• Stopping on a side road at night and hearing a symphony of cicadas, crickets and other insects. It was near deafening, but thrilling to enjoy beneath a starlit night sky.
  • Recognizing some new developments in and around town, but not too many to spoil the character of the area.
  • The room we had at Eagle Ridge Resort, which faced woods, included a modest deck and offered privacy.
  • Lunch at Stella’s Cafe in nearby Stockton, IL, where we had an outstanding meal served by genuinely friendly people.  My BLT arrived on homemade bread and featured lots of bacon and real, home grown tomatoes.
  • The “musical stylings” of a singer/guitarist who performed in the Eagle Ridge lounge each evening.  He wore a cowboy hat, and deserved to. And, he sang “Happy Birthday” to me.

And now, a few visual memories. The good shots were taken by Susan with a good camera; the not-so-good shots came from my trusty BlackBerry.

The view of Galena from Grant Park.

The view of Galena from Grant Park, which overlooks downtown.

The town is known for General Grant.

The town is known as the home of U.S. President and Civil War hero General U.S. Grant. His home is here, and there’s a golf course named for him.

Standing on Main Street.

Standing on Main Street, I blended in with the other visitors with my cap, polo shirt and shorts.  But imagine what this street was like 120 years ago.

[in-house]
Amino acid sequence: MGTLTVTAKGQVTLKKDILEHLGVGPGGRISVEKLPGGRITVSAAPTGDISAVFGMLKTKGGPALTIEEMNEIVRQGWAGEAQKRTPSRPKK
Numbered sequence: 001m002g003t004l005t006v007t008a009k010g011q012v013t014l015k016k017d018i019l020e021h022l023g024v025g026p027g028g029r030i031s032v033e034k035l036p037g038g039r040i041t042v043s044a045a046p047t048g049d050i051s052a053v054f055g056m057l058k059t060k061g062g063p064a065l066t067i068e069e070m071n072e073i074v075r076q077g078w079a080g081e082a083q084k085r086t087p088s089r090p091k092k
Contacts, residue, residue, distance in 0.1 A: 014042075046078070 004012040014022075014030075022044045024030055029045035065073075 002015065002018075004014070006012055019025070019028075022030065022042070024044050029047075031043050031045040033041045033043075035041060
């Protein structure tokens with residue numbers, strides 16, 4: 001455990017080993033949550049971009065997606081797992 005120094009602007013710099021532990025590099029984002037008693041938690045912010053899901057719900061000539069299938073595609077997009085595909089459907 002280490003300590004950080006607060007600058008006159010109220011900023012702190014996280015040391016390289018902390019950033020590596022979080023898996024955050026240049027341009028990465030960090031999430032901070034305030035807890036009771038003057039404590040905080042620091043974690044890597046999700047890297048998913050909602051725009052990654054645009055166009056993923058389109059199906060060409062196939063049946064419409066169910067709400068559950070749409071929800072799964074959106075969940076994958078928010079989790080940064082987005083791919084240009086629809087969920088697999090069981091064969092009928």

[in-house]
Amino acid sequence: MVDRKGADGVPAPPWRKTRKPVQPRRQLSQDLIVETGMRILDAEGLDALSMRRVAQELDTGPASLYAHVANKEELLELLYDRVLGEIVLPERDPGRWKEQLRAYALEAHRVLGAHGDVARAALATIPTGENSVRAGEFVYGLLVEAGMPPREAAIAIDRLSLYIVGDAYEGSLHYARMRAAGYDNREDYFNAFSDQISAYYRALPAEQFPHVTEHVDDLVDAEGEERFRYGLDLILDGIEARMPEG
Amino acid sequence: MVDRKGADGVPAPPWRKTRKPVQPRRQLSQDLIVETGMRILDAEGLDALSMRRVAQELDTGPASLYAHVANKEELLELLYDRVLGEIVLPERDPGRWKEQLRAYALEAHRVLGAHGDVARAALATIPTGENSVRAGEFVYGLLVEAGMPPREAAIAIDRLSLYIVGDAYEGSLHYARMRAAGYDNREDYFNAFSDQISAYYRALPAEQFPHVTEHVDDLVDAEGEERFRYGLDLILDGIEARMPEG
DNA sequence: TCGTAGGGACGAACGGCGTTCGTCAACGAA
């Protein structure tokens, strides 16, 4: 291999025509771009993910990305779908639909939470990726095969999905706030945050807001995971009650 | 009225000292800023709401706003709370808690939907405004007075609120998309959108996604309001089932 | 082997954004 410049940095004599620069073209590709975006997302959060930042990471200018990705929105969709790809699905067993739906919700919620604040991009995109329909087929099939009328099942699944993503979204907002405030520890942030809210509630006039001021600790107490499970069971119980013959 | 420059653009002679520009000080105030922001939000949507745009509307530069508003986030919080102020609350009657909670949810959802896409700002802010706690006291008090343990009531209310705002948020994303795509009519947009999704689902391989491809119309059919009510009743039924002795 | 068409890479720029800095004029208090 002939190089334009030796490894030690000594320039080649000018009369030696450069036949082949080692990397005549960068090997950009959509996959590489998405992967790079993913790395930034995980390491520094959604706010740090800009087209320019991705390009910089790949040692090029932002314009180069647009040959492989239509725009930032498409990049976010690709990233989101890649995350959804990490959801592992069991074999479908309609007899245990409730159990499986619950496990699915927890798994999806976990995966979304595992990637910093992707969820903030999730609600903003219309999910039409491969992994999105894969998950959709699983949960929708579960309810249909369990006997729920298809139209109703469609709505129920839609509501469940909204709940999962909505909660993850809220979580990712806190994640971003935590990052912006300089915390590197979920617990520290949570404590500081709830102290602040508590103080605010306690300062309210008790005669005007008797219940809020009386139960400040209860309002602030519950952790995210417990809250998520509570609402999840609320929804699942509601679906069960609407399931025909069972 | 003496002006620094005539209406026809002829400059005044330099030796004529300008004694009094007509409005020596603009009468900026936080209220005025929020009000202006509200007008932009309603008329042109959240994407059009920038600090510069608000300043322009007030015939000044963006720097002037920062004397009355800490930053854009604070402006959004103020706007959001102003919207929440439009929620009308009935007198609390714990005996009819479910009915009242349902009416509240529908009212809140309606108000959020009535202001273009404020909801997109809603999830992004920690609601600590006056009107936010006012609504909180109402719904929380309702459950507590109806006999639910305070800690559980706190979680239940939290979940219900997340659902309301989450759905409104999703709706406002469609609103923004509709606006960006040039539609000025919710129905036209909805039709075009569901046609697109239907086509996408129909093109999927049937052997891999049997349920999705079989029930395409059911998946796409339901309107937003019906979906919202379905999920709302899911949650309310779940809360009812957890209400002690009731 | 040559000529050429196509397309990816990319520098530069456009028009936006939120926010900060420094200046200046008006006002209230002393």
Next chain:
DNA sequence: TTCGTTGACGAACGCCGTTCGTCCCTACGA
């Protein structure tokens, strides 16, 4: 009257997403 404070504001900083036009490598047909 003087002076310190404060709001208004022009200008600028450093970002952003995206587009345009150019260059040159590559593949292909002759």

One of the grand mansions on the bluffs above downtown.

One of the grand mansions on the bluffs above downtown. It’s now a B&B. Great to know cool structures can be preserved.

How could you not like a town with a home named after you?

How could you not like a town with a home named after you? Actually, I was born a few years later.

Susan with a friendly butterfly.

Susan with a friendly butterfly who greeted us on the dock at Lake Galena behind Eagle Ridge Resort.

Lake Galena at sunset from Eagle Ridge Resort.

Lake Galena at sunset from the hill behind Eagle Ridge Resort. Serenity. Quiet. Peace. A great spot to ponder the good things about life.

The cafe in Stockton.

Stella’s Cafe on Main Street in Stockton. just east of Galena.

One of the best souviners .

A trip to farm country would not be the same without some farm stand produce. And, yes, the corn was delicious.

Galena is known as “the town that time forgot,” because remarkable number of well-preserved century-plus old homes and storefronts. We forgot about Galena, figuratively of course, for several years.  Our visit last month rekindled old memories and brought new ones.

We’ll be back.  Have you visited Galena?  Share your memories.